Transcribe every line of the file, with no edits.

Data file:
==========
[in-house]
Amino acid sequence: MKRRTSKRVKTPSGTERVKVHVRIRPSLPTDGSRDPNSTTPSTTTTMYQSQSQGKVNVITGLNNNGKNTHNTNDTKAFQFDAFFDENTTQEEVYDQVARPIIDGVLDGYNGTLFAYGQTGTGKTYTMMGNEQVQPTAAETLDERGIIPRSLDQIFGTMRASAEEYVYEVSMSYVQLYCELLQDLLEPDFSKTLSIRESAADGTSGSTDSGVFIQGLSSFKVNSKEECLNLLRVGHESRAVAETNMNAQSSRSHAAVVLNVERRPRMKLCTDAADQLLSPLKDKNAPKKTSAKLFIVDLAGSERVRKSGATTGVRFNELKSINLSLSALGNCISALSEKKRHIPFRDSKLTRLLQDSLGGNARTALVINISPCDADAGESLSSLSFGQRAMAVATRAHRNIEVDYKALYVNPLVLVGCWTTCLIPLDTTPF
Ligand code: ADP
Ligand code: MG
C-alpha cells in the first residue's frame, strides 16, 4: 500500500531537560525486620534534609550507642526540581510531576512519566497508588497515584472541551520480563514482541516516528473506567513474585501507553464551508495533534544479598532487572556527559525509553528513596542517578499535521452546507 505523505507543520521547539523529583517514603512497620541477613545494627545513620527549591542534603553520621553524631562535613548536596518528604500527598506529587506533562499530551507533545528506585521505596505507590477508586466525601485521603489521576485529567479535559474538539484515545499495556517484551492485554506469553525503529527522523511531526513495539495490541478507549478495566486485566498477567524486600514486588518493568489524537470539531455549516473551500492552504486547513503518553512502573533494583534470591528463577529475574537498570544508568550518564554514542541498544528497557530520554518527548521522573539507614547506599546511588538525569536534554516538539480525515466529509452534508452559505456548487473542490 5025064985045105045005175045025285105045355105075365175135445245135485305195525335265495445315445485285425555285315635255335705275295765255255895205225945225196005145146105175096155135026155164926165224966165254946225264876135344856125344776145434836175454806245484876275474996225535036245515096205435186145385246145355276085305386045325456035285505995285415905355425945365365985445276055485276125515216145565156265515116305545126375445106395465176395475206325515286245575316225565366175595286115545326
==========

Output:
[in-house]
Amino acid sequence: MKRRTSKRVKTPSGTERVKVHVRIRPSLPTDGSRDPNSTTPSTTTTMYQSQSQGKVNVITGLNNNGKNTHNTNDTKAFQFDAFFDENTTQEEVYDQVARPIIDGVLDGYNGTLFAYGQTGTGKTYTMMGNEQVQPTAAETLDERGIIPRSLDQIFGTMRASAEEYVYEVSMSYVQLYCELLQDLLEPDFSKTLSIRESAADGTSGSTDSGVFIQGLSSFKVNSKEECLNLLRVGHESRAVAETNMNAQSSRSHAAVVLNVERRPRMKLCTDAADQLLSPLKDKNAPKKTSAKLFIVDLAGSERVRKSGATTGVRFNELKSINLSLSALGNCISALSEKKRHIPFRDSKLTRLLQDSLGGNARTALVINISPCDADAGESLSSLSFGQRAMAVATRAHRNIEVDYKALYVNPLVLVGCWTTCLIPLDTTPF
Ligand code: ADP
Ligand code: MG
C-alpha cells in the first residue's frame, strides 16, 4: 500500500531537560525486620534534609550507642526540581510531576512519566497508588497515584472541551520480563514482541516516528473506567513474585501507553464551508495533534544479598532487572556527559525509553528513596542517578499535521452546507 505523505507543520521547539523529583517514603512497620541477613545494627545513620527549591542534603553520621553524631562535613548536596518528604500527598506529587506533562499530551507533545528506585521505596505507590477508586466525601485521603489521576485529567479535559474538539484515545499495556517484551492485554506469553525503529527522523511531526513495539495490541478507549478495566486485566498477567524486600514486588518493568489524537470539531455549516473551500492552504486547513503518553512502573533494583534470591528463577529475574537498570544508568550518564554514542541498544528497557530520554518527548521522573539507614547506599546511588538525569536534554516538539480525515466529509452534508452559505456548487473542490 5025064985045105045005175045025285105045355105075365175135445245135485305195525335265495445315445485285425555285315635255335705275295765255255895205225945225196005145146105175096155135026155164926165224966165254946225264876135344856125344776145434836175454806245484876275474996225535036245515096205435186145385246145355276085305386045325456035285505995285415905355425945365365985445276055485276125515216145565156265515116305545126375445106395465176395475206325515286245575316225565366175595286115545326